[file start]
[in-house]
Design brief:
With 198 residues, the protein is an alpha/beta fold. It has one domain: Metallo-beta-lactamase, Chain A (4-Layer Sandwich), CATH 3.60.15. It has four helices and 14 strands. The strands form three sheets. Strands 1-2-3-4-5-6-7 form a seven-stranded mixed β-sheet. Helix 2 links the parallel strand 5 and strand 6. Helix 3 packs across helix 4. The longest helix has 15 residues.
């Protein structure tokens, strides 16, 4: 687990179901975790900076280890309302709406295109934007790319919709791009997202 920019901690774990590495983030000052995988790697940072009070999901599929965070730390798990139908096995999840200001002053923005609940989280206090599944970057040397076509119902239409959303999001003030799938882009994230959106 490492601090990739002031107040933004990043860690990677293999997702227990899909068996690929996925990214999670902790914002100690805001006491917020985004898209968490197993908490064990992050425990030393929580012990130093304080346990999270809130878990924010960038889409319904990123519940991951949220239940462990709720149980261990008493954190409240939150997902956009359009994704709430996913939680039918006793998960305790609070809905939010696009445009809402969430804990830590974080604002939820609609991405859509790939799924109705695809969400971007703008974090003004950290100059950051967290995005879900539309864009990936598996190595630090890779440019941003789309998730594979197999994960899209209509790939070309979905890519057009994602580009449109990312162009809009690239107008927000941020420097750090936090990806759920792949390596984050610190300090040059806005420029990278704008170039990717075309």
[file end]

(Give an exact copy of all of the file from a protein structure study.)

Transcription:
[in-house]
Design brief:
With 198 residues, the protein is an alpha/beta fold. It has one domain: Metallo-beta-lactamase, Chain A (4-Layer Sandwich), CATH 3.60.15. It has four helices and 14 strands. The strands form three sheets. Strands 1-2-3-4-5-6-7 form a seven-stranded mixed β-sheet. Helix 2 links the parallel strand 5 and strand 6. Helix 3 packs across helix 4. The longest helix has 15 residues.
């Protein structure tokens, strides 16, 4: 687990179901975790900076280890309302709406295109934007790319919709791009997202 920019901690774990590495983030000052995988790697940072009070999901599929965070730390798990139908096995999840200001002053923005609940989280206090599944970057040397076509119902239409959303999001003030799938882009994230959106 490492601090990739002031107040933004990043860690990677293999997702227990899909068996690929996925990214999670902790914002100690805001006491917020985004898209968490197993908490064990992050425990030393929580012990130093304080346990999270809130878990924010960038889409319904990123519940991951949220239940462990709720149980261990008493954190409240939150997902956009359009994704709430996913939680039918006793998960305790609070809905939010696009445009809402969430804990830590974080604002939820609609991405859509790939799924109705695809969400971007703008974090003004950290100059950051967290995005879900539309864009990936598996190595630090890779440019941003789309998730594979197999994960899209209509790939070309979905890519057009994602580009449109990312162009809009690239107008927000941020420097750090936090990806759920792949390596984050610190300090040059806005420029990278704008170039990717075309």